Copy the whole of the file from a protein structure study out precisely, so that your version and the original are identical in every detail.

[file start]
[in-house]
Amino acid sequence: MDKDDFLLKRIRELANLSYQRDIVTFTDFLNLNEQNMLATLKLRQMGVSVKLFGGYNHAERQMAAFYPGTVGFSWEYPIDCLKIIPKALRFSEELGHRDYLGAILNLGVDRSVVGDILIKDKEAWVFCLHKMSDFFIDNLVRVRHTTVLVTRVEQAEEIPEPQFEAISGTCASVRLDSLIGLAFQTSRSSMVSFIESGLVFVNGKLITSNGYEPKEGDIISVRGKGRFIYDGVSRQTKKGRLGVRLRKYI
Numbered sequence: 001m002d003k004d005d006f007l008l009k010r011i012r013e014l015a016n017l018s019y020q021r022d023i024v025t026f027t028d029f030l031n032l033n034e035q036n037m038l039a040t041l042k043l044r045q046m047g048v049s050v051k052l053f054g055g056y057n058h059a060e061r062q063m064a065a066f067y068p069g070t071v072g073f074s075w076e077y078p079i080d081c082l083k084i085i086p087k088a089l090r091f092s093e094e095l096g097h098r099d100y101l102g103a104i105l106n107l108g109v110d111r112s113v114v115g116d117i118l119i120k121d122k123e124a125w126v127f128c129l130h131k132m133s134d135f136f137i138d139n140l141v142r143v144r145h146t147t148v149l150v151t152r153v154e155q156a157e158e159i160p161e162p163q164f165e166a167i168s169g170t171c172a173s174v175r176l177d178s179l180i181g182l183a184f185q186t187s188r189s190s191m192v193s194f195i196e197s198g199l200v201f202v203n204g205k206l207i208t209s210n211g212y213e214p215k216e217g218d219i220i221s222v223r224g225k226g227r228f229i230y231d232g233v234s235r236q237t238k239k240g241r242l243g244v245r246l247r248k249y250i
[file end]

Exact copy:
[in-house]
Amino acid sequence: MDKDDFLLKRIRELANLSYQRDIVTFTDFLNLNEQNMLATLKLRQMGVSVKLFGGYNHAERQMAAFYPGTVGFSWEYPIDCLKIIPKALRFSEELGHRDYLGAILNLGVDRSVVGDILIKDKEAWVFCLHKMSDFFIDNLVRVRHTTVLVTRVEQAEEIPEPQFEAISGTCASVRLDSLIGLAFQTSRSSMVSFIESGLVFVNGKLITSNGYEPKEGDIISVRGKGRFIYDGVSRQTKKGRLGVRLRKYI
Numbered sequence: 001m002d003k004d005d006f007l008l009k010r011i012r013e014l015a016n017l018s019y020q021r022d023i024v025t026f027t028d029f030l031n032l033n034e035q036n037m038l039a040t041l042k043l044r045q046m047g048v049s050v051k052l053f054g055g056y057n058h059a060e061r062q063m064a065a066f067y068p069g070t071v072g073f074s075w076e077y078p079i080d081c082l083k084i085i086p087k088a089l090r091f092s093e094e095l096g097h098r099d100y101l102g103a104i105l106n107l108g109v110d111r112s113v114v115g116d117i118l119i120k121d122k123e124a125w126v127f128c129l130h131k132m133s134d135f136f137i138d139n140l141v142r143v144r145h146t147t148v149l150v151t152r153v154e155q156a157e158e159i160p161e162p163q164f165e166a167i168s169g170t171c172a173s174v175r176l177d178s179l180i181g182l183a184f185q186t187s188r189s190s191m192v193s194f195i196e197s198g199l200v201f202v203n204g205k206l207i208t209s210n211g212y213e214p215k216e217g218d219i220i221s222v223r224g225k226g227r228f229i230y231d232g233v234s235r236q237t238k239k240g241r242l243g244v245r246l247r248k249y250i